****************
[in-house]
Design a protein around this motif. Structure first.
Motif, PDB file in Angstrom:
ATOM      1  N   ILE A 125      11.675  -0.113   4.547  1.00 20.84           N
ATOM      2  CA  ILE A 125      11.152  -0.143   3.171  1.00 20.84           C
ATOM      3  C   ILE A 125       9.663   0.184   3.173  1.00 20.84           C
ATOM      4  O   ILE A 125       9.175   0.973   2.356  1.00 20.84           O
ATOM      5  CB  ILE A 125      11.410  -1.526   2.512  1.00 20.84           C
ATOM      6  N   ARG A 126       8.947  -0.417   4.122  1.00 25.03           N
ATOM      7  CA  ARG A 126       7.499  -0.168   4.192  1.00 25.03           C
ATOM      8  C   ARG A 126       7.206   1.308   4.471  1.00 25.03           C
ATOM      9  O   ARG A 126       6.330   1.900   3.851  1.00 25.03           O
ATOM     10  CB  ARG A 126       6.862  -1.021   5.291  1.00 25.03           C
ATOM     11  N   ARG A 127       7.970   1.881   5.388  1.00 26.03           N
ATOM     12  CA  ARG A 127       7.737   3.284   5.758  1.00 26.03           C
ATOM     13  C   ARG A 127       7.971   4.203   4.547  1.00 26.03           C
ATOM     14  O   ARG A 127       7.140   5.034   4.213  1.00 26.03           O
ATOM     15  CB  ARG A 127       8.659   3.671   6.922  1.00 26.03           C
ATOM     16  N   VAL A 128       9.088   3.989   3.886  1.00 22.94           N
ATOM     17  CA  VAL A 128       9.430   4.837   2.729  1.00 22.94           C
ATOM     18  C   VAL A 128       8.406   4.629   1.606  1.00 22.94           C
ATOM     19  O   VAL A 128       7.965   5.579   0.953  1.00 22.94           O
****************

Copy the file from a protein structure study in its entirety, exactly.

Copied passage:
[in-house]
Design a protein around this motif. Structure first.
Motif, PDB file in Angstrom:
ATOM      1  N   ILE A 125      11.675  -0.113   4.547  1.00 20.84           N
ATOM      2  CA  ILE A 125      11.152  -0.143   3.171  1.00 20.84           C
ATOM      3  C   ILE A 125       9.663   0.184   3.173  1.00 20.84           C
ATOM      4  O   ILE A 125       9.175   0.973   2.356  1.00 20.84           O
ATOM      5  CB  ILE A 125      11.410  -1.526   2.512  1.00 20.84           C
ATOM      6  N   ARG A 126       8.947  -0.417   4.122  1.00 25.03           N
ATOM      7  CA  ARG A 126       7.499  -0.168   4.192  1.00 25.03           C
ATOM      8  C   ARG A 126       7.206   1.308   4.471  1.00 25.03           C
ATOM      9  O   ARG A 126       6.330   1.900   3.851  1.00 25.03           O
ATOM     10  CB  ARG A 126       6.862  -1.021   5.291  1.00 25.03           C
ATOM     11  N   ARG A 127       7.970   1.881   5.388  1.00 26.03           N
ATOM     12  CA  ARG A 127       7.737   3.284   5.758  1.00 26.03           C
ATOM     13  C   ARG A 127       7.971   4.203   4.547  1.00 26.03           C
ATOM     14  O   ARG A 127       7.140   5.034   4.213  1.00 26.03           O
ATOM     15  CB  ARG A 127       8.659   3.671   6.922  1.00 26.03           C
ATOM     16  N   VAL A 128       9.088   3.989   3.886  1.00 22.94           N
ATOM     17  CA  VAL A 128       9.430   4.837   2.729  1.00 22.94           C
ATOM     18  C   VAL A 128       8.406   4.629   1.606  1.00 22.94           C
ATOM     19  O   VAL A 128       7.965   5.579   0.953  1.00 22.94           O